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(Not) doing it all

So now it’s Thursday. My husband and oldest son left Monday evening for Alaska, where they’re fishing for two weeks along with my father, brother, neighbor, and first cousin. (It’s a real male-bonding trip. No one, apparently, is going to shave for the entire fourteen days.) Meanwhile I am sitting down here in my office, absolutely exhausted, and realizing again that I couldn’t be a writer and a mother without my husband’s holding down the home-fort for half the week.

I’m in charge of the younger three for the next fourteen days.

And because of various deadlines, I couldn’t just take two weeks off from work. So I’m trying to slip in a few working hours early in the morning, late at night, and in the hours that my mother is doing reading lessons with my five-year-old. Oh, my goodness. I am so very tired. And not getting a great deal done. When Peter’s with the kids, I don’t even think about them. When they’re with anyone else, I’ve always got half an ear open for shrieks or explosions. It’s almost impossible to sink myself into my work.

(Number two son. And you wonder why I can’t concentrate?)

More than that, though: Parenting takes emotional energy. Writing takes emotional energy. I’ve only got so much emotional energy.

“How do you do it all?” This is the number one question I get from other moms, particularly those who are also writers. How do you manage to write, run a publishing company, home school, be a pastor’s wife? Well, I’ll take credit for a working pace that’s naturally set on “high,” but the truth is that no parent can do what I do without a full-time, fully dedicated partner.

I have a wonderful housekeeper (“cleaning woman” doesn’t do her justice) who comes in three days a week, and she has made the last six months amazingly productive for me. But I’ve done without household help in the past, and I could do it again without dropping any of my writing projects. The same is not true of my husband. (Aren’t you glad?) Apart from the fact that I just miss him, I can’t keep these kids properly parented and write at the same time. If he were to change jobs and lose his flexibility, I’d be facing a serious life reorganization.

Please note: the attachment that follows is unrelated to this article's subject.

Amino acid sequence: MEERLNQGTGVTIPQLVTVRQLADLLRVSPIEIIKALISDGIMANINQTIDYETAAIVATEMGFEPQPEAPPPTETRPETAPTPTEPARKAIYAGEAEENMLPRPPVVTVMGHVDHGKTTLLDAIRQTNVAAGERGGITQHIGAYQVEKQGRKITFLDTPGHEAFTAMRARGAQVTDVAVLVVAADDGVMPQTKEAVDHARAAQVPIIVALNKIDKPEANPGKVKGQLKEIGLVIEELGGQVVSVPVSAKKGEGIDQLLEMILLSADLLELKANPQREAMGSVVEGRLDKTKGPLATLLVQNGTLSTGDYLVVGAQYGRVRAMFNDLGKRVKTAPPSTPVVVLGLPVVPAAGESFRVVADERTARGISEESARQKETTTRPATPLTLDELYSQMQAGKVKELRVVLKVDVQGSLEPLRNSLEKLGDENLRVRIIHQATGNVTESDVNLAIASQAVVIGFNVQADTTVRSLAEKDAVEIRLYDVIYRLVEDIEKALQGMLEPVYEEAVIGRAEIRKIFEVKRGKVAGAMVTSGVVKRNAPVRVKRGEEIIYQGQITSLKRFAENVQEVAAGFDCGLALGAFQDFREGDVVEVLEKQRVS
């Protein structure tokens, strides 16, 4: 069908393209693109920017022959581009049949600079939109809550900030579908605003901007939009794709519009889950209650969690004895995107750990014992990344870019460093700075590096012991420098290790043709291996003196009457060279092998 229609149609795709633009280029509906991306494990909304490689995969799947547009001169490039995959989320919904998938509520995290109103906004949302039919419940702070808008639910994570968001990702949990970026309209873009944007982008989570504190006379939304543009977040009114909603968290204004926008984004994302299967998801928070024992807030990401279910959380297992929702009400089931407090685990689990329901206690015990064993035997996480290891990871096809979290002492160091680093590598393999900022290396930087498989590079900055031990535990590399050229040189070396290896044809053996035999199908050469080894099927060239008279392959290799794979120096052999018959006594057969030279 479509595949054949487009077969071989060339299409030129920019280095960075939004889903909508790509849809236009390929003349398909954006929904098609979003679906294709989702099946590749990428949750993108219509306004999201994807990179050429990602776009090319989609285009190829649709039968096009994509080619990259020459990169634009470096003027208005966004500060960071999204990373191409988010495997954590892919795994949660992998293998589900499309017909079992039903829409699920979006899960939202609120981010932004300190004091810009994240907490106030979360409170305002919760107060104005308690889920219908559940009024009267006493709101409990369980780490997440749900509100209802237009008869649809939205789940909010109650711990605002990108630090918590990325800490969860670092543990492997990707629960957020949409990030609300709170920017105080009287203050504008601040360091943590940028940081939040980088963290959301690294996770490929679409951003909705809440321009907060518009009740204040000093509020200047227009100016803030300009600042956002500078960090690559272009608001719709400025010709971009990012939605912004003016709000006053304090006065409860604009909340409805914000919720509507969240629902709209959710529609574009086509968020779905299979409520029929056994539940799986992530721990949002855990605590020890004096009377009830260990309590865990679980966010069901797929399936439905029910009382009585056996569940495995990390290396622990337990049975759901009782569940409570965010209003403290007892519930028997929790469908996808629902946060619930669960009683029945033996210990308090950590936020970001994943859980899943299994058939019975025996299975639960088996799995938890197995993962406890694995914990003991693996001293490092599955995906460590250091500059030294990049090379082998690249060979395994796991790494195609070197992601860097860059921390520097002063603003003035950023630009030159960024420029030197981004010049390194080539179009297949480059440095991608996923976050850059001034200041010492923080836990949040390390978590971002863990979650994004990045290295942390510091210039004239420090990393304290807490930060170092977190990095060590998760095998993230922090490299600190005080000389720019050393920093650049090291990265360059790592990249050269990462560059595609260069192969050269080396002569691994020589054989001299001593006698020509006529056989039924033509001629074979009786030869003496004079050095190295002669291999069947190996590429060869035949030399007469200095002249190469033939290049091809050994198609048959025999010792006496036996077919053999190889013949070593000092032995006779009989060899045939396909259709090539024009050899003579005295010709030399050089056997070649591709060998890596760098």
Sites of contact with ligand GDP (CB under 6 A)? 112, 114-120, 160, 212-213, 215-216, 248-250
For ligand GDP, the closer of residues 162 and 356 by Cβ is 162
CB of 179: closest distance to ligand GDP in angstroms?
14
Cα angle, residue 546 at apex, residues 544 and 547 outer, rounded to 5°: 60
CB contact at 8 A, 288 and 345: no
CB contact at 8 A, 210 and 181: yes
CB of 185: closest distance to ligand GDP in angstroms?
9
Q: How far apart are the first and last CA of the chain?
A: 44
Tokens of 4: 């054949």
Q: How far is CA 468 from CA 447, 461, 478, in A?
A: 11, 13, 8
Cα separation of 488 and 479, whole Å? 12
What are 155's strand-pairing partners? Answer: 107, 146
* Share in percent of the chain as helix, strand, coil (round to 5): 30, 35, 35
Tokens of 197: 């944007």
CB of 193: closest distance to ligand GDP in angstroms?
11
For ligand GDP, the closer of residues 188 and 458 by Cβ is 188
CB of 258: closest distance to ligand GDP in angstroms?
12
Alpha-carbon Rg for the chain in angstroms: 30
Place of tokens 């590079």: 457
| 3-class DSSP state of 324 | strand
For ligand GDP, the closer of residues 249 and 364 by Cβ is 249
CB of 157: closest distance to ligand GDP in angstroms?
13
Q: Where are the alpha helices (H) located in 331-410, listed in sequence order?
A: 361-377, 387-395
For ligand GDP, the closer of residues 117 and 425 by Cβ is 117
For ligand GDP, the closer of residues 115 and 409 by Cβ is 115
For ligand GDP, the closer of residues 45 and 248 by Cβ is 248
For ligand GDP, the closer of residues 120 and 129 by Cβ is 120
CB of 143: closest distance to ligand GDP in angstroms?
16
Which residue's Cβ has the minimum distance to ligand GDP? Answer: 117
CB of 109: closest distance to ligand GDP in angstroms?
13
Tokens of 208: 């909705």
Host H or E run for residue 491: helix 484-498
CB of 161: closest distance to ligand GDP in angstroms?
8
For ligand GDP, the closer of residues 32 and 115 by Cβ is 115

And it’s not just my husband. My father makes the business decisions for Peace Hill Press, and acts as general manager for the farm (110 acres, far too many random domesticated animals).

(Back garden. Needs spraying, disking, and possum-shooting to stay productive.)

Since Dad’s also in Alaska, I’m dashing back and forth to the Press offices and struggling (not very successfully) to keep an algae bloom out of the pool.

(Dan leaping into pool. You can’t SEE the green tint, but it’s THERE. As soon as I go inside, the whole thing’s going to turn the color of lime jello.)

One of my favourite movie quotes is from the end of the Hugh Grant-Toni Collette About a Boy, which is about various pairs of people trying to cope with the difficulties of daily life. “I don’t think couples are the future,” one of the young characters remarks, at the end of the film. “Two people isn’t enough. You need backup.” I think he’s right. It takes four adults to run THIS enterprise, and with two of them gone, I’m absolutely beat. I’ve only written five paragraphs of the Medieval World since Monday, and I haven’t even tried to finish up those first-pass proofs of the Ancient World.

Interesting wrinkle: I normally try to write a little bit of fiction every couple of weeks, just so I remember how to do it. I tried last night, after a day of schooling/refereeing/comforting/library visiting/grocery shopping. I couldn’t get a single word down. I can keep plugging away at this history, though. I’m not getting a tremendous amount done, but I’ve just polished off Constantine’s second wife (she boiled to death in her bath) and I’m steaming on towards Julian the Apostate.

Which is illuminating, to me. I haven’t written much fiction in the last couple of years, partly because I’m slightly discouraged by the fact that the perfectly brilliant novel I finished in 2004 keeps bouncing back into my agent’s mailbox. ( He never thought it would sell, to be honest. “I didn’t say it wasn’t any GOOD,” he told me, last time we talked about it, “I just said I didn’t think anyone would BUY it.”) But mostly it’s because fiction requires immersion in an alternate universe, and with my kids at the age they are, I haven’t got the energy to create one.

Yes, I know women write novels when they have multiple children in the house. Kudos to them, but I’m betting that they’re not also turning out nonfiction books. I can only exist, simultaneously, in the Peace Hill Farm universe and the Medieval World universe. Trying to create a third world would blow out all the gaskets.

Whew. Can’t wait for the men to return from their bear hunt, triumphant and bearing fresh meat to the waiting women. :-)

(Pete with boys)